IPO debacles and new methods of listing

WeWork debacle:

WeWork couldn’t deliver on its IPO promise. The investors on the Wall Street refused to accept the hefty valuation the company claimed. The corporate governance and strategy of pursuing growth over profit were also questioned. The outcome got worse as the company had to replace its founder CEO Adam Neumann and left with no choice but to cave in to the demands of its largest backer Softbank.


A similar story in terms of investor mistrust is seen for IPOs of consumer tech companies such as Peloton, Lyft, Uber etc. In fact a majority of the companies who did the IPO in 2019 are still losing a lot of money with no clear path for profitability.

IPO Date
Revenue (at IPO)
Net Income from continuing operations (at IPO)
Ping Identity
Sunnova Energy
The RealReal
Change Healthcare
Cambium Networks
Revolve (US)
Sonim Technologies
Beyond Meat
Zoom Video Communications

Fantasy of IPO:

The dream of every Entrepreneur is to build a successful business, scale it and if possible go for the Initial Public Offering (IPO) to get it listed on the public markets. In no other sector this has been more prominent than the Technology sector over the past 3 decades. The dot com era in the United States brought hundreds of internet based companies with an underlying claim of millions of customers to the main street (Nasdaq). This made every stakeholder, from the fiery entrepreneur to the suave banker and the ordinary investor on the wall street happy. They paid little heed to the voices raising concern of an incoming bubble. The result was a disaster.
The wild run for IPOs ended with the burst of the dot com bubble resulting in hundreds of firms getting obliterated from the landscape.

Since then the journey has seen less number of traveller cautious of not meeting the expectation of the institutional investors and getting hammered by the investor community in general.

IPO Drought after dot com & rise of Unicorns

A study done by Prof. Jay R. Ritter of the Florida University shows the average number of Tech IPOs done has decreased substantially over the years – from a high of 159 in the last decade of the past century to mid 30’s in the current decade.

During the same period the number of Unicorns (privately held companies with valuation > $1B) has exceeded over 400 according to the data compiled by CB insight. In the US alone around 190 Unicorns are present.

The booming period of Unicorn coincided with low interest rate regime leading to huge investment by VC and PE firms. As a net result more and more private firms preferred to stay private for longer period of time. The average period of exit grew from 3 years to 7-8 years as seen below from CB Insight analysis.

The largest Unicorns are now funded by Softbank, Goldman Sachs , TPG or other PE firms. According to a recent report by EY the PE firms are now managing more than $3.4 trillion of investor commitments in 2020 up from $500 billion in 2000. During this period the IPO rate has gone down as discussed above.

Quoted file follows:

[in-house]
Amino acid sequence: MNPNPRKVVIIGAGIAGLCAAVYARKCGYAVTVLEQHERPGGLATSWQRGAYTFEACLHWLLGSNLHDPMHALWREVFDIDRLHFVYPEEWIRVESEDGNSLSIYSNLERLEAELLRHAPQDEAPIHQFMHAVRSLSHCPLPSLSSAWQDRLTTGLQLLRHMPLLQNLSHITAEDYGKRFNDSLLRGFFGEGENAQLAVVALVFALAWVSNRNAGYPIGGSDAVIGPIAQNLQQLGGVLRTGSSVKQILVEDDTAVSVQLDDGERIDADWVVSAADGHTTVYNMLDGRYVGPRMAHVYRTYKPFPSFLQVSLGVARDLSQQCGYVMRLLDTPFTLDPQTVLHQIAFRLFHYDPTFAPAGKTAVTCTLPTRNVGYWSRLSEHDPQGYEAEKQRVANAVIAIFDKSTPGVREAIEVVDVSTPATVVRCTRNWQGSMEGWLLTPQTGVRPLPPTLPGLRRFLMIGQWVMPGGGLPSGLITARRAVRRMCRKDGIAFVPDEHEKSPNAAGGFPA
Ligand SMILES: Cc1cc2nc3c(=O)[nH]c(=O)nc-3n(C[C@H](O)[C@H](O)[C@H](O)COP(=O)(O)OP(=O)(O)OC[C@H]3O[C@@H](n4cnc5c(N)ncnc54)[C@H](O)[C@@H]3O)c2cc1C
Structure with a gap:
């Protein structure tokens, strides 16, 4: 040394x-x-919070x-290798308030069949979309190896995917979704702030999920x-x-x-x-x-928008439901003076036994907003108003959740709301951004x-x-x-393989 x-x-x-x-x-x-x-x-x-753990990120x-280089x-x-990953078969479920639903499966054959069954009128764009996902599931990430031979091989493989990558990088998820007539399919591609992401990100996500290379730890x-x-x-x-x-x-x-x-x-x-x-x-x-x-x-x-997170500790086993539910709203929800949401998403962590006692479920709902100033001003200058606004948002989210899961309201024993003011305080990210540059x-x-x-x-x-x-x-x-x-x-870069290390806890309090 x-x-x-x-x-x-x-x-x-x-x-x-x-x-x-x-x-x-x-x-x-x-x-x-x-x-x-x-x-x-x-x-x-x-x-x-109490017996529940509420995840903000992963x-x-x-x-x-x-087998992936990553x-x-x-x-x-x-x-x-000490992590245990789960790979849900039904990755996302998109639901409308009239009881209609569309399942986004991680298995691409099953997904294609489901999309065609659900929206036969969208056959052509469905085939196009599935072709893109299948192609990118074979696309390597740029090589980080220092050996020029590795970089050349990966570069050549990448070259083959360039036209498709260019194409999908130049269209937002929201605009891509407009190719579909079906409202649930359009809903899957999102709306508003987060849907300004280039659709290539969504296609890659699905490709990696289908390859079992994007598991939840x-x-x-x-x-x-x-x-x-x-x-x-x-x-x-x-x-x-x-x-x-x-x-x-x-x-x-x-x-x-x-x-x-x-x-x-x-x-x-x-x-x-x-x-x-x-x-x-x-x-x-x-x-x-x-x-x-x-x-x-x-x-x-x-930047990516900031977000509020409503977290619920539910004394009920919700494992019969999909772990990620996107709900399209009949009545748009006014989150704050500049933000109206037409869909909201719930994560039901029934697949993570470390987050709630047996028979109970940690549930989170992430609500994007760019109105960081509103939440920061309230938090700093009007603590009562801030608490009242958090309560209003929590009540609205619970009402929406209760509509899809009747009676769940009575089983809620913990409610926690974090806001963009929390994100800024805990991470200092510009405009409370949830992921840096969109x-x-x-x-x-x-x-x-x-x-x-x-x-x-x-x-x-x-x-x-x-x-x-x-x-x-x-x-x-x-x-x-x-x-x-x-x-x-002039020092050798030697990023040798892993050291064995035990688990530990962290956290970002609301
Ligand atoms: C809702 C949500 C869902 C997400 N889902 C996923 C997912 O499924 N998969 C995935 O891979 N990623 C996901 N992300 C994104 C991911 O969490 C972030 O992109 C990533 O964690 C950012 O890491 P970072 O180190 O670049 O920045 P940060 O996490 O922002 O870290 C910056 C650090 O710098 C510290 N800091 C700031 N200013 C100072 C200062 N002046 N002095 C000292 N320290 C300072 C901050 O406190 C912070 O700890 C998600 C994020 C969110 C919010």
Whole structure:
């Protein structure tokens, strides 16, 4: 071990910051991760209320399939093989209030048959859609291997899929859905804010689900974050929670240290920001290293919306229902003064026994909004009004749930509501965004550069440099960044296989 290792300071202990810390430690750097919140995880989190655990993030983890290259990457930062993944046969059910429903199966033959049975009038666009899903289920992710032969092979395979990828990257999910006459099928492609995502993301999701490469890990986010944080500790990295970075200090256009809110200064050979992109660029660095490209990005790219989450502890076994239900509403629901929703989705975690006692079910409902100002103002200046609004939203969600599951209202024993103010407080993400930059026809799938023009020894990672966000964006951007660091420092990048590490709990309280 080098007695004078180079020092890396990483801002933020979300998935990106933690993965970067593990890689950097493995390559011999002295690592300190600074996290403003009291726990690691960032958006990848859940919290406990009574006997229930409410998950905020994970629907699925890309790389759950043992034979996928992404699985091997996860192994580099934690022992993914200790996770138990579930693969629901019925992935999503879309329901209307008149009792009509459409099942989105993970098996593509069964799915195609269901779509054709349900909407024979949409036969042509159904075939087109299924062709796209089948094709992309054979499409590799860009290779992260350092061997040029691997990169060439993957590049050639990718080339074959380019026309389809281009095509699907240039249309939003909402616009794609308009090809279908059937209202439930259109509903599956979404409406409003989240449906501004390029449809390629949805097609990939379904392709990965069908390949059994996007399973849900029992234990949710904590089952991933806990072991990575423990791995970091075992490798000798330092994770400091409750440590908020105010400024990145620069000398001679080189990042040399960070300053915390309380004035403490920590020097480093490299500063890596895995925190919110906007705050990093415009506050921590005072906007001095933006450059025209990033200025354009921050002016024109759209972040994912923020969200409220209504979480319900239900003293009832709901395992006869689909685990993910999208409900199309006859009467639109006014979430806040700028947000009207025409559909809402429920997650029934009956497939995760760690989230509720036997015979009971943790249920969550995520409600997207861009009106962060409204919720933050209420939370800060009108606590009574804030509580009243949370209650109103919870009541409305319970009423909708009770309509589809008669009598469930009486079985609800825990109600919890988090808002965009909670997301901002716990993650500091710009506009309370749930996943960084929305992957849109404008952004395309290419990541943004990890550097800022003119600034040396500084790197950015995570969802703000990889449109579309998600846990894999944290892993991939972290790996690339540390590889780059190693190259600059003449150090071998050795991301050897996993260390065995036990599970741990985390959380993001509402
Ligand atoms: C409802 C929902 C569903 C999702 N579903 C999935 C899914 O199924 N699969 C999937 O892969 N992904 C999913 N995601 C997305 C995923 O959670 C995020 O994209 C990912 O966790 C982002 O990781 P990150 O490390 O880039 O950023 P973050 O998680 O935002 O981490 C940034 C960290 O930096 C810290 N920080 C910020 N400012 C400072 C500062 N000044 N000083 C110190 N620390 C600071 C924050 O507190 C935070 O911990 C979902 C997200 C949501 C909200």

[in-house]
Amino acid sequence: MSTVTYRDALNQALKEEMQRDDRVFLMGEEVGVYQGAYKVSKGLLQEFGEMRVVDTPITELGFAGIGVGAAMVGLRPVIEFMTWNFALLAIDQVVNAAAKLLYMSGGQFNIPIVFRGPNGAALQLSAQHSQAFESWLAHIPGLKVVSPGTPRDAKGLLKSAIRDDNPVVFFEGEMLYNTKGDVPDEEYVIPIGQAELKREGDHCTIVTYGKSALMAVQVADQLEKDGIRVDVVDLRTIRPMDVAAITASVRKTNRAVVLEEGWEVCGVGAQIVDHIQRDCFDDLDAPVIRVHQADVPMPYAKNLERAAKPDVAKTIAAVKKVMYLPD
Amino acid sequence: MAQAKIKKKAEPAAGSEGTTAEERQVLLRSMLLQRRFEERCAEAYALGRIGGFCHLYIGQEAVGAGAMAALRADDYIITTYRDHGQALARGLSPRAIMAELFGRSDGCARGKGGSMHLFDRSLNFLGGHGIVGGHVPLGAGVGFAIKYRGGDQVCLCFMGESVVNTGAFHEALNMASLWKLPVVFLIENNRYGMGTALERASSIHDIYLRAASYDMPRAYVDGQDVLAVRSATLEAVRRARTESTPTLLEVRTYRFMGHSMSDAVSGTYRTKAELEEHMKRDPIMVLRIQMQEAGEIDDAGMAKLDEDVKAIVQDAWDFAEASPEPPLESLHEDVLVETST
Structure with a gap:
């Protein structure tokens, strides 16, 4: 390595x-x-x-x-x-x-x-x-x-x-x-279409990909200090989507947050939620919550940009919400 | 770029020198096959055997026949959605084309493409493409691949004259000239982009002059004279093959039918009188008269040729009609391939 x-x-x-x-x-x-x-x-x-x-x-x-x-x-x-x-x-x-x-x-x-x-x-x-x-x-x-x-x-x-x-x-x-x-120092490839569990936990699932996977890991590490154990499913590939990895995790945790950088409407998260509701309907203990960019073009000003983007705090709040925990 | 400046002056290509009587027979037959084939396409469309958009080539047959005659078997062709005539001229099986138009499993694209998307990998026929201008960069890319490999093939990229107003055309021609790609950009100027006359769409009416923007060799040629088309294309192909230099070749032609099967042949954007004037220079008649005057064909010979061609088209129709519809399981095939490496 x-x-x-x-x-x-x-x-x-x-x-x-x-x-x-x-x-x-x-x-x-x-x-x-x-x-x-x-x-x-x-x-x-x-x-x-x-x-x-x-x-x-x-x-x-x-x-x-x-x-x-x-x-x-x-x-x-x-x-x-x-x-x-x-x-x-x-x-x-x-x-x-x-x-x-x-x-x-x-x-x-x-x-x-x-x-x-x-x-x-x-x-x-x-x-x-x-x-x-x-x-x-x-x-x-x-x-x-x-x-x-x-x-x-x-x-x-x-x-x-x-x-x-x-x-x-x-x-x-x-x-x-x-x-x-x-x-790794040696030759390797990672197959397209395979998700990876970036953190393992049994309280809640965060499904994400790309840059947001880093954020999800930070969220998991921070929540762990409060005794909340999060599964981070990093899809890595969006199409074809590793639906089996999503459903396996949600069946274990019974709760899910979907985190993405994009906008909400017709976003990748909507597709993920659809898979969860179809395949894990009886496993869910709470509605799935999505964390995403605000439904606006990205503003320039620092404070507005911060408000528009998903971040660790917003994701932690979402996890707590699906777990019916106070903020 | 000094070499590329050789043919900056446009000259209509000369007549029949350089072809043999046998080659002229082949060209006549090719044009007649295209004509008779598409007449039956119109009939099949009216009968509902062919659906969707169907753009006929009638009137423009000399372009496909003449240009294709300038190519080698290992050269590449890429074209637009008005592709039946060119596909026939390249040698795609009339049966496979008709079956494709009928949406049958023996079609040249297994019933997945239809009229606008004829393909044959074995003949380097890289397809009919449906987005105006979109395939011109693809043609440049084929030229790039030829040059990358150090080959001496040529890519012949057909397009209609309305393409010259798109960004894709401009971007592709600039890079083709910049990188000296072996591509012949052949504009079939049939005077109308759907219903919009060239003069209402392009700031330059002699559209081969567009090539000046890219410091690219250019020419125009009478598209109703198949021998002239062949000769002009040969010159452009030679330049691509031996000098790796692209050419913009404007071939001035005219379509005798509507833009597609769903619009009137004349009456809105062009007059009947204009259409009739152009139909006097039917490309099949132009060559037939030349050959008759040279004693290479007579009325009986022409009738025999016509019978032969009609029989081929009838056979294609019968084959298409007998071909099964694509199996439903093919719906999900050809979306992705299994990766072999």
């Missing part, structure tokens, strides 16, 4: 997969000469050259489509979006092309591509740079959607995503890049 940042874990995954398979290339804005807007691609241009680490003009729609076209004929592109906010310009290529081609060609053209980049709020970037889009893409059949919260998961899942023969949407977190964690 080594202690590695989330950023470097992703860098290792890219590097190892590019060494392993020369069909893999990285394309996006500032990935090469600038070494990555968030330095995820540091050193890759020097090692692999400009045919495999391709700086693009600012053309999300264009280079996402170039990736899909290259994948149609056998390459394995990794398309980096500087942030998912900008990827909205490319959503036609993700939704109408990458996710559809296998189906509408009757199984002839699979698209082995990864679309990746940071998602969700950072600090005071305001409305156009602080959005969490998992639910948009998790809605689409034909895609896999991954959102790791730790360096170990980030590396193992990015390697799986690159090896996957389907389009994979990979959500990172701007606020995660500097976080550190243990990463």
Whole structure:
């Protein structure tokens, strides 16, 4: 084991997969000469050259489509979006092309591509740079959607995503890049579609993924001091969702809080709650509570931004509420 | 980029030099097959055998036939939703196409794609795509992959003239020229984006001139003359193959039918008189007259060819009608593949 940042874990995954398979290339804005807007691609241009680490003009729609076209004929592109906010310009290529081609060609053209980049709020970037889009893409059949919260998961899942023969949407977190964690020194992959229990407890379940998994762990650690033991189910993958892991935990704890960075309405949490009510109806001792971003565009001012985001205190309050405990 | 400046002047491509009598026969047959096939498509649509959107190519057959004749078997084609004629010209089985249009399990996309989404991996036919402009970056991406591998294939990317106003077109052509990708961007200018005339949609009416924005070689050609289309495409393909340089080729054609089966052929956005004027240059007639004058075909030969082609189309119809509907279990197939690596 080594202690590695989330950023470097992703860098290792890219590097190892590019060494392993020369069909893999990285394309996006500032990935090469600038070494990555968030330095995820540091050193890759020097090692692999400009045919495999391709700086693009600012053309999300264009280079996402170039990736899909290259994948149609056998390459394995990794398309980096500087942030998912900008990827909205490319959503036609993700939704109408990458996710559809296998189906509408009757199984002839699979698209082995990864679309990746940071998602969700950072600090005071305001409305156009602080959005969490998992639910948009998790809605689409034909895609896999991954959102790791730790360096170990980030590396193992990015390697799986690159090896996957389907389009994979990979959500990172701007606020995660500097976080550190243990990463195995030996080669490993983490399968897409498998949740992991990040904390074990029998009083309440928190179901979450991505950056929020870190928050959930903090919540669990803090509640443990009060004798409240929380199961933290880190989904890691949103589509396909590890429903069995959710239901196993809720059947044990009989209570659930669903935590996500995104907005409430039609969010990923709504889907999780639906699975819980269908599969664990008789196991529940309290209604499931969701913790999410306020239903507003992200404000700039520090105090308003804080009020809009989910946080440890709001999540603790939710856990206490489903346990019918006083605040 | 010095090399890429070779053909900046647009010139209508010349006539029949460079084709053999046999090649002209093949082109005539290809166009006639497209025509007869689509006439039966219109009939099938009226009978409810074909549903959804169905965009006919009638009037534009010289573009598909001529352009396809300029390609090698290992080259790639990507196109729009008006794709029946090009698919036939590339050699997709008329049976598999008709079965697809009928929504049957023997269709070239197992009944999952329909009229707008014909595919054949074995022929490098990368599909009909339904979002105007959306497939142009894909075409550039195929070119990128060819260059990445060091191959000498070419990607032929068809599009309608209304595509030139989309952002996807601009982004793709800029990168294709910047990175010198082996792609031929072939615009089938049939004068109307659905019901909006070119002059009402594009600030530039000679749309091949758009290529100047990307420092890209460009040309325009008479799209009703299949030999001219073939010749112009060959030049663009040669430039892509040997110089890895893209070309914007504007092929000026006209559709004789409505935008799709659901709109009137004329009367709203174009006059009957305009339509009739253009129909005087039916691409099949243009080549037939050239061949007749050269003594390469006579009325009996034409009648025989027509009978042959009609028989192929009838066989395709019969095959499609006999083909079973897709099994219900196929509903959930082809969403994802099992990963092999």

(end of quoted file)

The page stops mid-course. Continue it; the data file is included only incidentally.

Traditional IPO route Vs Direct listing Vs SPAC route

The failure of recent IPOs to live upto the mark has created a lot of soul searching among the VC community to think of alternate ways of listing. Discussions, conferences, blogs, articles etc are happening frequently questioning the validity of the traditional model.
Bill Gurley general partner at VC firm Benchmark spearheading the event in San Francisco which castigated Investment Banks for profiting at the cost of IPO aspiring firms.

The IPO price set by the underwriter deliberately at a lower end of the band leaves money on the table. Although this a traditional practice a new method to bypass the underwriter a directly trade on the exchange is being discussed. This method is termed as Direct Listing.

As i write this blog there are two major firms who have used this route for listing. One is the music streaming platform Spotify and the other is the maker of office messaging service Slack.

Direct listing method doesn’t enable any fund raising for the company and hence is only suitable for the top firms with considerable cash and brand value.

SPAC – Special Purpose Acquisition Company is another way for doing the IPO. In this there is a shell company which gets listed on the exchange raising money to acquire a promising private company and merging it with it thus taking a private company public. In the last 3 years SPACs have raised a staggering $10 billion each year.

The biggest requirement to do a SPAC is to have an industry veteran at the centre of the SPAC raising money from investors. In the last 20 months tech executives such as Bill Green (Accenture), Lloyd Carney (Brocade), Jeff Epstein (Oracle) and Richard Branson (Virgin) have all been involved with the launch of SPACs. The most eye catching SPAC so far has been that of Virgin Galactic going public through the SPAC route.


The traditional IPO route is being challenged by new methods of listing. The SEC is studying a way to incorporate fund raising in the Direct Listing route. SPAC is very promising and gradually getting more accepted in the main stream. Only markets will decide which method gets accepted in the long run.


Leave a Reply

Fill in your details below or click an icon to log in:

WordPress.com Logo

You are commenting using your WordPress.com account. Log Out /  Change )

Facebook photo

You are commenting using your Facebook account. Log Out /  Change )

Connecting to %s